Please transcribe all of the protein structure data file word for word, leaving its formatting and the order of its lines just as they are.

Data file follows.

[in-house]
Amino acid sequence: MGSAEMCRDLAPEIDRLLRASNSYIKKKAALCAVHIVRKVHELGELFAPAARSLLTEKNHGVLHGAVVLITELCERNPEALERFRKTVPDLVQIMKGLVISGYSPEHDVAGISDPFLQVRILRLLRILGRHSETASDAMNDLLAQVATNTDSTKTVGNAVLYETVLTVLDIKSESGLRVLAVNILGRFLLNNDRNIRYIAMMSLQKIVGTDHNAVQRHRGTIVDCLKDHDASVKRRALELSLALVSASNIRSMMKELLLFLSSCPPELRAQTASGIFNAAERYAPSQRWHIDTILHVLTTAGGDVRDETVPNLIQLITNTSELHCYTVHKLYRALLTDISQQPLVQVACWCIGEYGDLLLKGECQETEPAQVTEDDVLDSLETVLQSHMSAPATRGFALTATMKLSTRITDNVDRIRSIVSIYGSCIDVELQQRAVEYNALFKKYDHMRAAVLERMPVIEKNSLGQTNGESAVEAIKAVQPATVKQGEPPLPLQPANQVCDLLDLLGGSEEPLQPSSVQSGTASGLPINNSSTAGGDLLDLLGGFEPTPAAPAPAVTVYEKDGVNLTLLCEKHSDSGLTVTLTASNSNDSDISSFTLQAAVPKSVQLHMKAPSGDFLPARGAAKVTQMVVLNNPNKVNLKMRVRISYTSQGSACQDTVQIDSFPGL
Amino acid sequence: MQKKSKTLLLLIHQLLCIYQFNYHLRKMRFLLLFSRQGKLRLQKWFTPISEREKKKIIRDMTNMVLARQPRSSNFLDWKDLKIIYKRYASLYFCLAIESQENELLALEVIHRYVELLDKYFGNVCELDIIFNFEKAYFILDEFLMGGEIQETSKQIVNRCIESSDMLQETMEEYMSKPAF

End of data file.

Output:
[in-house]
Amino acid sequence: MGSAEMCRDLAPEIDRLLRASNSYIKKKAALCAVHIVRKVHELGELFAPAARSLLTEKNHGVLHGAVVLITELCERNPEALERFRKTVPDLVQIMKGLVISGYSPEHDVAGISDPFLQVRILRLLRILGRHSETASDAMNDLLAQVATNTDSTKTVGNAVLYETVLTVLDIKSESGLRVLAVNILGRFLLNNDRNIRYIAMMSLQKIVGTDHNAVQRHRGTIVDCLKDHDASVKRRALELSLALVSASNIRSMMKELLLFLSSCPPELRAQTASGIFNAAERYAPSQRWHIDTILHVLTTAGGDVRDETVPNLIQLITNTSELHCYTVHKLYRALLTDISQQPLVQVACWCIGEYGDLLLKGECQETEPAQVTEDDVLDSLETVLQSHMSAPATRGFALTATMKLSTRITDNVDRIRSIVSIYGSCIDVELQQRAVEYNALFKKYDHMRAAVLERMPVIEKNSLGQTNGESAVEAIKAVQPATVKQGEPPLPLQPANQVCDLLDLLGGSEEPLQPSSVQSGTASGLPINNSSTAGGDLLDLLGGFEPTPAAPAPAVTVYEKDGVNLTLLCEKHSDSGLTVTLTASNSNDSDISSFTLQAAVPKSVQLHMKAPSGDFLPARGAAKVTQMVVLNNPNKVNLKMRVRISYTSQGSACQDTVQIDSFPGL
Amino acid sequence: MQKKSKTLLLLIHQLLCIYQFNYHLRKMRFLLLFSRQGKLRLQKWFTPISEREKKKIIRDMTNMVLARQPRSSNFLDWKDLKIIYKRYASLYFCLAIESQENELLALEVIHRYVELLDKYFGNVCELDIIFNFEKAYFILDEFLMGGEIQETSKQIVNRCIESSDMLQETMEEYMSKPAF